Teeth Grinding (Bruxism)
Teeth grinding, also called bruxism, is often viewed as a harmless, though annoying, habit. Some people develop bruxism from an inability to deal with stress or anxiety.
However, teeth grinding can literally transform your bite relationship and worse, severely damage your teeth and jaws over long periods of time.
Teeth grinding can cause abrasion to the chewing surfaces of your teeth. This abnormal wear and tear will prematurely age and loosen your teeth, and open them to problems such as hypersensitivity (from the small cracks that form, exposing your dentin.) Bruxism can also lead to chronic jaw and facial pain, as well as headaches.
The longer a patient waits, the more difficult and costly the treatment.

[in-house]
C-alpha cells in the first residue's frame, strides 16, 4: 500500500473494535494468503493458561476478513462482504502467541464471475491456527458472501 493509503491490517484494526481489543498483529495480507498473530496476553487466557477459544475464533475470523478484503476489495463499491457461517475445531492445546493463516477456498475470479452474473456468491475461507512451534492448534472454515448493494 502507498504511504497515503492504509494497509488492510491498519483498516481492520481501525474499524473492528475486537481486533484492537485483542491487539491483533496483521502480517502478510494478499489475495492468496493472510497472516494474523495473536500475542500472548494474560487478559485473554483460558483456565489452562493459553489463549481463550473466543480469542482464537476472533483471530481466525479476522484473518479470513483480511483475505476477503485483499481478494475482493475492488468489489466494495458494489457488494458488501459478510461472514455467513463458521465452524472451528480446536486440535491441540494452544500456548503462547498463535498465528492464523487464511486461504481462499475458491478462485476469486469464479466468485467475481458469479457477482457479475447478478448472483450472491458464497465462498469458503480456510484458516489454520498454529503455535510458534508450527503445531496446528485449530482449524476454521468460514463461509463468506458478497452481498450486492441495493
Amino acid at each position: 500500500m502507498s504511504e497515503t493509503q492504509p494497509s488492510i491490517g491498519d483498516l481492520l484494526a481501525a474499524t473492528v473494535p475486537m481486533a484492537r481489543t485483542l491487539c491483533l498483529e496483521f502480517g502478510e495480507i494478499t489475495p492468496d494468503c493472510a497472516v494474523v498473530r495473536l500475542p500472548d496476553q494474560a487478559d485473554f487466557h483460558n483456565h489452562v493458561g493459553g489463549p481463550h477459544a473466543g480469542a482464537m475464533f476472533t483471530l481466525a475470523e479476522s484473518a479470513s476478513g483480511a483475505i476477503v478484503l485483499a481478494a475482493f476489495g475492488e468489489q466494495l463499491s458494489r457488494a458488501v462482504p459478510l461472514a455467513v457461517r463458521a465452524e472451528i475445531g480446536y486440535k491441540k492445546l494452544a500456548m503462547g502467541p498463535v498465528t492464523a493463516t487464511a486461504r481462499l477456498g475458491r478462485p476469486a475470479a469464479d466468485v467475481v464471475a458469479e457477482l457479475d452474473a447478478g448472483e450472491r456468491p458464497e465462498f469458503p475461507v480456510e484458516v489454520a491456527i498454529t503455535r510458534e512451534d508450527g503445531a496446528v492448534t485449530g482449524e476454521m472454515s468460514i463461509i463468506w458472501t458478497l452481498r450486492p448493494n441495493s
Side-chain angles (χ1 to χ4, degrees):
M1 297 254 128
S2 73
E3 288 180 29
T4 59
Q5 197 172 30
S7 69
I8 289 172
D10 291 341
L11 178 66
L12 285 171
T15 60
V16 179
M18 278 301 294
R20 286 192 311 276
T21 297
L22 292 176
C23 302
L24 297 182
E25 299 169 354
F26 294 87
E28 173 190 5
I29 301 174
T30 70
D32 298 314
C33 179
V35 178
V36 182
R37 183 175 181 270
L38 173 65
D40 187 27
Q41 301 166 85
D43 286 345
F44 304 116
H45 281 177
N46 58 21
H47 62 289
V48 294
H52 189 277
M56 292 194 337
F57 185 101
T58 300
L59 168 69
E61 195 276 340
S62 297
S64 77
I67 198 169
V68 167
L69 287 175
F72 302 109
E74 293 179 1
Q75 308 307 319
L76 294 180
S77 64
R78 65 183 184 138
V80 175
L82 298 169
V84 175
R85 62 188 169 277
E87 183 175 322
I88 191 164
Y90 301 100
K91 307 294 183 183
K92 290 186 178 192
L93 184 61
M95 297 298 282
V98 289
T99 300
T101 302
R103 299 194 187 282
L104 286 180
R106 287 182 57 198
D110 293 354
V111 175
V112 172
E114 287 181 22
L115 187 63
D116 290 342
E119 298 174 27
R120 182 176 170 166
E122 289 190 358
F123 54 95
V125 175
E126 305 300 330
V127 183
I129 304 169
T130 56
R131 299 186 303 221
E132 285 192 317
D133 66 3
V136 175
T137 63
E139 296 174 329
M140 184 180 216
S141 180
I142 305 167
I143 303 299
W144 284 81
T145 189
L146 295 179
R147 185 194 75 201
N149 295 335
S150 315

If no one has told you that you grind your teeth, here are a few clues that you may suffer from bruxism:
- Your jaw is often sore, or you hear popping sounds when you open and close your mouth.
- Your teeth look abnormally short or worn down.
- You notice small dents in your tongue.
Once worn away, it is hard to add height to a tooth or teeth. Usually your jaw relationship must be reversed back to what it was before the wear occurred. This can be done; it does require treatment on usually all the remaining teeth. Prevention is best. A guard can be fabricated to prevent further wear of your teeth from bruxism.